Monitoring Continuing Activity

The command below gives me an indication of how busy the outside is by counting the number of deny filters the shun-host action is creating dynamically. Notice that the -a flag needed for the lsfilt command to see the dynamic, active filters:

michael@x054:[/home/michael]lsfilt -v4 -O -a | grep deny

2|deny|XXX.112.51.63||||yes|all|any|0|any|0|both|inbound|no|all packets|0|en0|~314|||
3|deny|XXX.4.173.222||||yes|all|any|0|any|0|both|inbound|no|all packets|0|en0|~184|||
4|deny|XXX.210.112.24||||yes|all|any|0|any|0|both|inbound|no|all packets|0|en0|~184|||

Although my prompt (michael@x054) may not look like it, I have been doing all of these commands with an euid of 0 (aka superuser): tcpdump -U -w ... genfilt ... and (not shown here)  mkfilt -v4 -u - to activate the changes to the rules in the ODM. If you want to clear all active rules, the simplest way is to deactivate then reactivate the ipsec_v4 device using these two commands:

rmdev -l ipsec_v4

mkdev -l ipsec_v4

If you know enough to explain the meaning of the tcpdump example above, please share that knowledge in a comment, and also, maybe suggest a book or a site for people like me to learn more!

September 24, 2013

Improve Your Password-Hashing Algorithms

Recently, I was at a customer site where I heard a conversation between an AIX admin and a Linux admin who were discussing their concerns regarding password-hash compatibility with Linux, active directory (AD) lightweight directory access protocol (LDAP) passwords and AIX.

The focus, from the Linux admin was on the need to have SMD5 support in AD continued. The question they still have is which LDAP server to use: AD, which they use today, or switch to open LDAP, which is supported on the Linux distribution they’re using. Apparently the security department, which is pushing a move to LDAP for all user authentication on all platforms, thinks request for comment (RFC) 2307 schema is enough for all *NIX platforms. 

My opinion is different, but that will come in a different blog post. Today, I want to discuss how compatible AIX is with Linux’s old (SMD5) and new (SHA512) default algorithms. For a quick reference on Linux architecture choices and changes in defaults in password hashing, I recommend this Linux wiki.

AIX supports several password algorithms. These are specified in /etc/security/pwdalg.cfg, which I’ll quote:


* /usr/lib/security/smd5 is a password hashing load module using

* the MD5 algorithm.


* It supports password length up to 255 characters.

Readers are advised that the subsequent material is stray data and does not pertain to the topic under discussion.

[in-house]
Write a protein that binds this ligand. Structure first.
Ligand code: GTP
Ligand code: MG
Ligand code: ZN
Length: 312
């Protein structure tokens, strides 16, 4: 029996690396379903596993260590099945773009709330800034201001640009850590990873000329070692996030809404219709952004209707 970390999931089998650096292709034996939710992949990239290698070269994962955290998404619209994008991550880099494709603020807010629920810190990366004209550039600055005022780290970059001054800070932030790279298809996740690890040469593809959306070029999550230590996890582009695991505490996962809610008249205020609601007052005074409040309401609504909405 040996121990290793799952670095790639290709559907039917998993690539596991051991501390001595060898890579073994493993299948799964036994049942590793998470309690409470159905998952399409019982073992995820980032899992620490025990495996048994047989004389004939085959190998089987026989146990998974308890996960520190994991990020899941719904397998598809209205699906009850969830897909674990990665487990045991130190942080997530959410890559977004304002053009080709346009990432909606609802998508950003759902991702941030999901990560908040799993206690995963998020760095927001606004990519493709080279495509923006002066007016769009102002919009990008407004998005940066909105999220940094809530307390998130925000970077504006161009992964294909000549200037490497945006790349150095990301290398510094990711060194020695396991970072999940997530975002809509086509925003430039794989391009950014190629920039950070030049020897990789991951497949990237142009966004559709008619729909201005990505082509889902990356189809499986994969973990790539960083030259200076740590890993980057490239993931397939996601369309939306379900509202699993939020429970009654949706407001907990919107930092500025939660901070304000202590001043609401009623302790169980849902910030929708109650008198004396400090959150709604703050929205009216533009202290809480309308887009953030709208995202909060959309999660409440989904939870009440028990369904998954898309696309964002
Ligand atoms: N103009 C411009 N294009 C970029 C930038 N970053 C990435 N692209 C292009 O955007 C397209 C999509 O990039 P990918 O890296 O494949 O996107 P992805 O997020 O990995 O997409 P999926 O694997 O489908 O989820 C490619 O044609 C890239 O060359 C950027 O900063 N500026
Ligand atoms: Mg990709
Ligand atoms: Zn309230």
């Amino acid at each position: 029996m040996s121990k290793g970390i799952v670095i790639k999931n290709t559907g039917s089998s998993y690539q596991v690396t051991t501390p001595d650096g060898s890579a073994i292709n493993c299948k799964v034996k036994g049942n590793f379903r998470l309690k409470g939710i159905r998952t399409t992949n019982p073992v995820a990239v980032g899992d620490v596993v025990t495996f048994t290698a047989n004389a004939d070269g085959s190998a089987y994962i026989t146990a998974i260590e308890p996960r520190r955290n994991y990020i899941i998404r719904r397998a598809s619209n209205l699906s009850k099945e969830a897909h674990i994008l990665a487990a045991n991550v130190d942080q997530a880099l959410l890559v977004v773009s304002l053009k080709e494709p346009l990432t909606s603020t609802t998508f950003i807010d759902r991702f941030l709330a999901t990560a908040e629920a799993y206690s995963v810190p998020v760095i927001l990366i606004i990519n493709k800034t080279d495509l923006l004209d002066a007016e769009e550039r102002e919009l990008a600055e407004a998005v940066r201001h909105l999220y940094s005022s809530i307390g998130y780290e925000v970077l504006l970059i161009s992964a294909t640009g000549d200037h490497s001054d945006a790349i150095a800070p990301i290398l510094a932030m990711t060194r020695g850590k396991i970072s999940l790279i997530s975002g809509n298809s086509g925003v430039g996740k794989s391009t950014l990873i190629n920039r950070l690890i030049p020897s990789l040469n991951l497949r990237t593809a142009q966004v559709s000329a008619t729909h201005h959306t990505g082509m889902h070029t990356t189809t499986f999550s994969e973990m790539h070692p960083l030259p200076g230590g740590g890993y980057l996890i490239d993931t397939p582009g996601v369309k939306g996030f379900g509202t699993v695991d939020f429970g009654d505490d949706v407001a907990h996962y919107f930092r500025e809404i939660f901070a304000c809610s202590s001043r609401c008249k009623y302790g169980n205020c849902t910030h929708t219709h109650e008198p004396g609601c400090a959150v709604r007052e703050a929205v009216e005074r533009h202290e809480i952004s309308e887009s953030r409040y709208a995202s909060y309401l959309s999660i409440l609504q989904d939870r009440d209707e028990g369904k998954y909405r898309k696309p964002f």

* To generate smd5 password hash compatible to standard salted MD5,

* add the following option line for smd5 stanza.

*       lpa_options = std_hash=true

* Note : password hash generated with this option won't be compatible with

* hash generated without this option.



* smd5:

*        lpa_module = /usr/lib/security/smd5


If you would want the AIX password hash to be compatible with the older SMD5 Linux standard (this changed in 2011 to SHA512), you would need to execute the following command:

# set default password algorithm

chsec -f /etc/security/login.cfg -s usw -a pwd_algorithm="smd5"

However, the better choice, which is supported in AIX 5.3, 6.1 and 7.1 (as is SMD5), is to use the improved SHA512 algorithm.

The stanza in /etc/security/pwdalg.cfg is:


        lpa_module = /usr/lib/security/ssha

        lpa_options = algorithm=sha512

So, the command needed to change the default (which is very weak) password hashing algorithm is:

# set default password algorithm

chsec -f /etc/security/login.cfg -s usw -a pwd_algorithm="ssha512"

If you read the end of the Linux architecture wiki entry you’ll notice that the old SMD5 password hashes began with $5 and the new passwords begin with $6. AIX does this differently. The crypt hash has no prefix—it’s just 14 characters exactly as it would have appeared in /etc/passwd 30-plus years ago. The new algorithms have the label of the present working directory (PWD) algorithm stanza in {} brackets. The following are three examples for the guest account . All three passwords are different to make it more fun for someone trying to hack the algorithm. They are similar, though, to make it possible—and I don’t use this as a password anywhere, not even in a demo.

The following are AIX password-hashing examples as found in the “shadow” file, /etc/password/passwd.


        password = Mx2ijZaNMkdF6

        lastupdate = 1379626278

        flags = ADMCHG


        password = {smd5}WjvcMCtD$7p6dLZ4B.zk6rRURpLOk4.

        lastupdate = 1379626360

        flags = ADMCHG


      password = {ssha512}06$/PVgNw6bUHj0sK2l$uE7hd/HHTy3lLEQwPGSSC0VLDYnOo7ARdkLVkuoj9jMkSlY55IFFJW44Q2koQD.MBQ463/KRkcfGOuJX6CC9..

        lastupdate = 1379626451

        flags = ADMCHG

In short, AIX is very versatile in the password-hashing algorithms it supports, and a high degree of additional customization is possible (read /etc/security/pwdalg.cfg for examples/instructions).

Finally, If you haven’t changed your password-hashing algorithm, do it today! To check, use: 

# list current password hashing algorithm

lssec -f /etc/security/login.cfg -s usw -a pwd_algorithm

If the answer is:

usw pwd_algorithm= 

You have not set it, so it’s still 56-bit crypt. If the answer is not “ssha512,” you aren’t using the best (standard) solution available.